(9) Windows Update runs on auto-pilot in Windows 10, but you do have some new controls. The Professional, Enterprise, and Education editions of Windows 10 have an option called “Defer upgrades.” When you defer upgrades, new Windows features won’t be downloaded or installed for several months. Security updates will still be applied. From the Start button, type “windows update settings” and press Enter. Then click the “Advanced options” link to see the Windows Update settings. (This feature is not available in the Windows 10 Home Edition.) You can also schedule a required restart for a time that’s convenient for you.

(10) “Sideloading” apps: in Windows 8, Microsoft allowed only apps from its Windows Store to be installed. This move mimicked Apple, which allows only Apple Store apps on its devices. Security is the reason for this restriction, but the general population of Windows users doesn’t want to be deprived of all the good, perfectly safe apps written by third-parties. So in Win 10, you can “sideload” apps – that is, load them from a source other than the Windows Store. But you have to enable this feature. Go to Settings > Update & security > For developers. Then click the button next to “sideload apps.” A warning about dangers of sideloading will appear and you’ll be asked to confirm that you wish to enable sideloading; answer “yes” and it’s done. My advice is to turn this feature off again, after loading the desired app.

(11) Stylish Desktops: You can now customize the look of your desktop better than ever. Go to Start > Settings > Personalization > Colors. Choose “Show color on taskbar and Start Menu.” You can pick the color from a palette, or let Windows choose a color from your background photo to display under icons of open apps. You can also remove the translucent property of the Start Menu.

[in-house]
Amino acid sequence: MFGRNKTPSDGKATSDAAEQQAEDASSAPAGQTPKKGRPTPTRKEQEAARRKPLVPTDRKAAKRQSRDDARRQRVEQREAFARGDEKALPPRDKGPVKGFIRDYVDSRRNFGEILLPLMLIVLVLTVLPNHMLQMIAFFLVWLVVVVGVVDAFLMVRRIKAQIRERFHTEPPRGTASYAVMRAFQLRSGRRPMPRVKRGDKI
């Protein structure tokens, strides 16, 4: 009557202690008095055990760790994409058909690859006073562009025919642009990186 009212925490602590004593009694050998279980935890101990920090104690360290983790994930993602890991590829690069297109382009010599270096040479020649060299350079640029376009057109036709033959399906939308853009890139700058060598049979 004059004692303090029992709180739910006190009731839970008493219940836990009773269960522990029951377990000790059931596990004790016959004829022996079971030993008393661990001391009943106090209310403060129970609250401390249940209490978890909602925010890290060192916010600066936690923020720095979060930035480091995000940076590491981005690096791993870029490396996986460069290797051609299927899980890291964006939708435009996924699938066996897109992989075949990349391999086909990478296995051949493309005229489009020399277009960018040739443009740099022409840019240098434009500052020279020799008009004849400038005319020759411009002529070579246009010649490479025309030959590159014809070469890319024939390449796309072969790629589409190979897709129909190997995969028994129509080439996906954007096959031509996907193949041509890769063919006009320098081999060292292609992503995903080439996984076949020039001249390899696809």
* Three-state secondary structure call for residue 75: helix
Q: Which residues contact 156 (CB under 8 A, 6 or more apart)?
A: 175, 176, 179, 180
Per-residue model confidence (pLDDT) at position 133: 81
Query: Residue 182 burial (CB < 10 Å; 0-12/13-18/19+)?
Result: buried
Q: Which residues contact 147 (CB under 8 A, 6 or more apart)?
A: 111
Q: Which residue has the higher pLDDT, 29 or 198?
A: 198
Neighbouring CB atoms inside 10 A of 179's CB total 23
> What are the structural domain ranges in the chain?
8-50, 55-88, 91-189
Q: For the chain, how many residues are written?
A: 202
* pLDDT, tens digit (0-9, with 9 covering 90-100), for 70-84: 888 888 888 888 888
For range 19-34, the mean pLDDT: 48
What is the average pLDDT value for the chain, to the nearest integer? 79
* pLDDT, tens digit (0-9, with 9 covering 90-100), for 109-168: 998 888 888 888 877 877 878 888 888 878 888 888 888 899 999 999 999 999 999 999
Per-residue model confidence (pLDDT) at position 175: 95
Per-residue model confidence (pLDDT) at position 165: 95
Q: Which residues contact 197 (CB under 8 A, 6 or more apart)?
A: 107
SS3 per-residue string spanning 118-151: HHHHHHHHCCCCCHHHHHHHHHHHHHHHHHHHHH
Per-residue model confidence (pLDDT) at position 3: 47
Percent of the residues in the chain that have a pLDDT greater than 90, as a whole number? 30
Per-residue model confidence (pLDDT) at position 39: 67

(12) Monitor Apps’ Disk Space Usage: Windows 10 will now tell and show you what apps are using the most disk space, a boon if you are short of free bytes and want to manage space carefully. Go to Settings > System > Storage. A list of drives connected to your computer will appear. Click on one of them to see how much space each app and its data are consuming on that drive. Note that you can also change the folders in which files of different kinds are saved.

Contacts, Security and Emojis

(13) My People: My People is a new feature in the Windows 10 Fall Creators Update that started rolling out on October 17, 2017. It lets you pin up to three contacts to the task bar at the bottom of your screen. Click one of those icons, and a Skype messaging window will open. (You can use Mail, or a different messaging app from the Windows Store if you prefer.) You can also drag and drop pictures onto a contact to quickly share them.

(14) Ransomware Protection: Another piece of the Windows 10 Fall Creators Update is Controlled Folder Access, which prevents ransomware from accessing your important files. This works by locking certain folders so that only authorized apps can access them. By default, Controlled Folder Access protects your Documents, Pictures, Music, Videos, Favorites and Desktop folders. You can add additional folders to protect, and specify your own trusted apps. Access the Windows Defender Security Center to tweak those settings.

(15) Emoji! We’ve gotten used to having those little icons when texting on our mobile devices, but now there’s a handy emoji keyboard built into Windows 10. When your cursor is in a text field, press WIN+. (the Windows key and the period key) to pop up a selection of smiley-faces, hearts, food, and other icons that you can paste into your messages. You’ll need the Fall Creators Update to get your emoji on.

One-Stop Shopping For Windows 10 Tweaks

(BONUS) GodMode is not an official feature, and it doesn’t actually give you super powers. But it is a useful hack put together by an overworked and underappreciated system administrator long, long ago. Yes, GodMode has been available in earlier versions of Windows, and its fans are delighted to see it still works in Windows 10. GodMode provides a unified, categorized view of all of Windows’ farflung features, commands, settings, and functions, all in one place that you can open with a single click.